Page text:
Topics: Miller College of Business, Research

June 16, 2021

School Choice In Indiana Leads To $88 Million Savings

Researchers at Ball State University have found that Indiana’s school choice options resulted in a savings of almost $90 million in the 2019-20 school year.

School Choice and State Spending on Education in Indiana,” a policy brief from Ball State’s Center for Business and Economic Research (CBER), studied 2019-20 transfer data on students at traditional public school districts and charter schools, as well as students attending private schools utilizing the Indiana Choice Scholarship Program.

The study found aggregate spending on primary and secondary education in Indiana decreased by more than $88 million — or about 1 percent of the state’s general fund spending on education — in the 2019-20 school year due to school choice.

CBER director of research Dr. Dagney Faulk, who co-authored the brief with CBER director Dr. Michael Hicks, said these findings are a key piece to the puzzle as Hoosier taxpayers and lawmakers try to get a better grasp on the advantages and disadvantages of the use of vouchers, charter schools, and open enrollment programs.

“As of yet, we don’t have much information about the academic impact of school choice in Indiana, but this analysis examining the fiscal impact shows that choice has resulted in savings to the state because more students transfer out of districts with the highest levels of per-student funding than into these districts,” Faulk said.

Charter and voucher programs allow students to attend schools other than the traditional public school in the school district where they live, while open enrollment allows students to attend a traditional public school outside of their home district. According to the CBER policy brief, each of these choice programs impact state funding available to the public school districts in which students live.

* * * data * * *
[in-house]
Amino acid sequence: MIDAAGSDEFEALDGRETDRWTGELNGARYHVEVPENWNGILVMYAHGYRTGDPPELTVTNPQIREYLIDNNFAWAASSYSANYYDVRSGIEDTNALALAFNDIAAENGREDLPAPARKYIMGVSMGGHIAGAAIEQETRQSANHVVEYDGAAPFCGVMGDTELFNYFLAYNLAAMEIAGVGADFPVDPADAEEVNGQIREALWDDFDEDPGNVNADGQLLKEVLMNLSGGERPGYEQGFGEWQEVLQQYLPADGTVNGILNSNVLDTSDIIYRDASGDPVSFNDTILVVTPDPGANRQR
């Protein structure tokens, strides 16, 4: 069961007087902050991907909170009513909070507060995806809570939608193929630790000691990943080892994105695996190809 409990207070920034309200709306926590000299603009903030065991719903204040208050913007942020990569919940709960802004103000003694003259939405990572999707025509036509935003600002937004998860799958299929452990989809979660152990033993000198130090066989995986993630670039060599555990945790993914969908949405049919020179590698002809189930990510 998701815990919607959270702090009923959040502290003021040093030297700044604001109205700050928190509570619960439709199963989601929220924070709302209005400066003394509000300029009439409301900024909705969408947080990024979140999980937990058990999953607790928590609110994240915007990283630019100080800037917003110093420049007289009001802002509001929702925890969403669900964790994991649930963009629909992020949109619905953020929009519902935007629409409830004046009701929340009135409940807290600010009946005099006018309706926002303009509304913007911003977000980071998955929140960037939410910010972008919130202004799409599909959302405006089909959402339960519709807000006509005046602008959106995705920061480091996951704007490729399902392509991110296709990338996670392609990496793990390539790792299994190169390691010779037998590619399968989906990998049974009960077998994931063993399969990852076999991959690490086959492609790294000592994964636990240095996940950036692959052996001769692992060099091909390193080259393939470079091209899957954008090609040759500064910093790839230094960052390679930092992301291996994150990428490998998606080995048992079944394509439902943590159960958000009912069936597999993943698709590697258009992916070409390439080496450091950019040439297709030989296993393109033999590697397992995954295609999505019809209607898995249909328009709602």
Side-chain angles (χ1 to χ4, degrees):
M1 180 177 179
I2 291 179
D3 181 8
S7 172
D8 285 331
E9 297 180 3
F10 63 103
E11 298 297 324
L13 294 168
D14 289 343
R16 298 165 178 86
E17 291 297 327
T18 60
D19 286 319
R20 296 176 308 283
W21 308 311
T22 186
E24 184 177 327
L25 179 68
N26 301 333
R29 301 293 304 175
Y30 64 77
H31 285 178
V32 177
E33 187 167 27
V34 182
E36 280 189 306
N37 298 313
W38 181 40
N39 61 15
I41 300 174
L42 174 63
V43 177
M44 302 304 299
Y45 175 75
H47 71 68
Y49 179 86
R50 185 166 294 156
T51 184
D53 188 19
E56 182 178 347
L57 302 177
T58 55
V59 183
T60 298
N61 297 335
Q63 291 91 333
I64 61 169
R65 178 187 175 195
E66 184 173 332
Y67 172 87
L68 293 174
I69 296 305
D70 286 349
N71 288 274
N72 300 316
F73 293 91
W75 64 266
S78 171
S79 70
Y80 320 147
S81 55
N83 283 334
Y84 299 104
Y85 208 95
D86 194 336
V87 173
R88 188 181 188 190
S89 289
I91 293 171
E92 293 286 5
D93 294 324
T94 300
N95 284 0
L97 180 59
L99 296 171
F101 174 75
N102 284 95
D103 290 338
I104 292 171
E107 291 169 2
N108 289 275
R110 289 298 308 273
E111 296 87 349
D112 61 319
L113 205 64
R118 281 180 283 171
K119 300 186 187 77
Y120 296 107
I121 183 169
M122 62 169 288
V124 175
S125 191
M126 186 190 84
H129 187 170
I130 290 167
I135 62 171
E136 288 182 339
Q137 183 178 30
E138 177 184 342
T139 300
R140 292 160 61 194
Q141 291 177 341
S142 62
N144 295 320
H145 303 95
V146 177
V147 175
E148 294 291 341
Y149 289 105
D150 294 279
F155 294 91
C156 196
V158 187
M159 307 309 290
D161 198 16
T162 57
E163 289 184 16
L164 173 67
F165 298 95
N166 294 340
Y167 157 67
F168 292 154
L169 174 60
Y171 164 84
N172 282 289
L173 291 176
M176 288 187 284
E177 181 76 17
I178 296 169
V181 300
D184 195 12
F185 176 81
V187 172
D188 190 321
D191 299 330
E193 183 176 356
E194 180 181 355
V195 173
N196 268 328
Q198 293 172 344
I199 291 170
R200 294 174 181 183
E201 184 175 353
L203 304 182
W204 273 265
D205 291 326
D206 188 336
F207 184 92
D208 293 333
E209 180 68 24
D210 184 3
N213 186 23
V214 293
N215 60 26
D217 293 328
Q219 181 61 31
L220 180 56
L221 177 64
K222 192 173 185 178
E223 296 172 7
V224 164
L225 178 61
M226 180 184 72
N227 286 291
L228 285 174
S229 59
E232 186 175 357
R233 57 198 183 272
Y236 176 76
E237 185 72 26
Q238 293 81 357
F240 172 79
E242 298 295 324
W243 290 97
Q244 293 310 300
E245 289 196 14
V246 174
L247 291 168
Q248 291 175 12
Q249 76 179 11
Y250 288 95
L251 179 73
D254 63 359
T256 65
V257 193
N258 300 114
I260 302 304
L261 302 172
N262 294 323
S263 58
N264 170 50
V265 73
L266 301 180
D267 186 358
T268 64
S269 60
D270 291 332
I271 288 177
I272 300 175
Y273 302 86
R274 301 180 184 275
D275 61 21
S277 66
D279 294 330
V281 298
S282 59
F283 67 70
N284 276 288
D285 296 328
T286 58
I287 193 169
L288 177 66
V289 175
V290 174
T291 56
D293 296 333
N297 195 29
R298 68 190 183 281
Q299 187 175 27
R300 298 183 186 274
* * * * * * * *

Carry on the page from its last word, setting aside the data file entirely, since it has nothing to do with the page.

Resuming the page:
Districts losing students experience a decrease in state funding, for example, but can offset some or all of those losses by accepting transfer students from other school districts.

According to the study:

  • During the 2019-20 school year, 64,685 students (5.7 percent of public and private school students) transferred from their school district of legal residence to another traditional public school.
  • In contrast, 44,965 students (3.96 percent of public and private school students) attended charter schools and 36,700 students (3.2 percent) attended private schools using a Choice Scholarship (voucher).
  • During the 2019-20 school year, if transfer students had attended the public school in the district in which they lived, state funding for these students would have totaled $876.7 million. With choice, the state spent $788.5 million funding the schools these students actually attended, a difference of about $88.2 million that year.

Faulk and Hicks also found that overall inflation-adjusted state spending on K-12 education in Indiana has decreased since 2010, and the distribution of spending has changed with private schools participating in the Choice Scholarship program, and with charter schools receiving a larger share of overall spending.

“While this study makes clear that the current level of school choice saves tax dollars, significant expansion of choice, particularly private school vouchers, would not result in additional savings,” Hicks said.

Since its inception in 1970, Ball State’s Center for Business and Economic Research has been a trusted source for high-quality, nonpartisan, data-focused research, analysis, and visualization. For more on this study, contact Dr. Faulk and Dr. Hicks.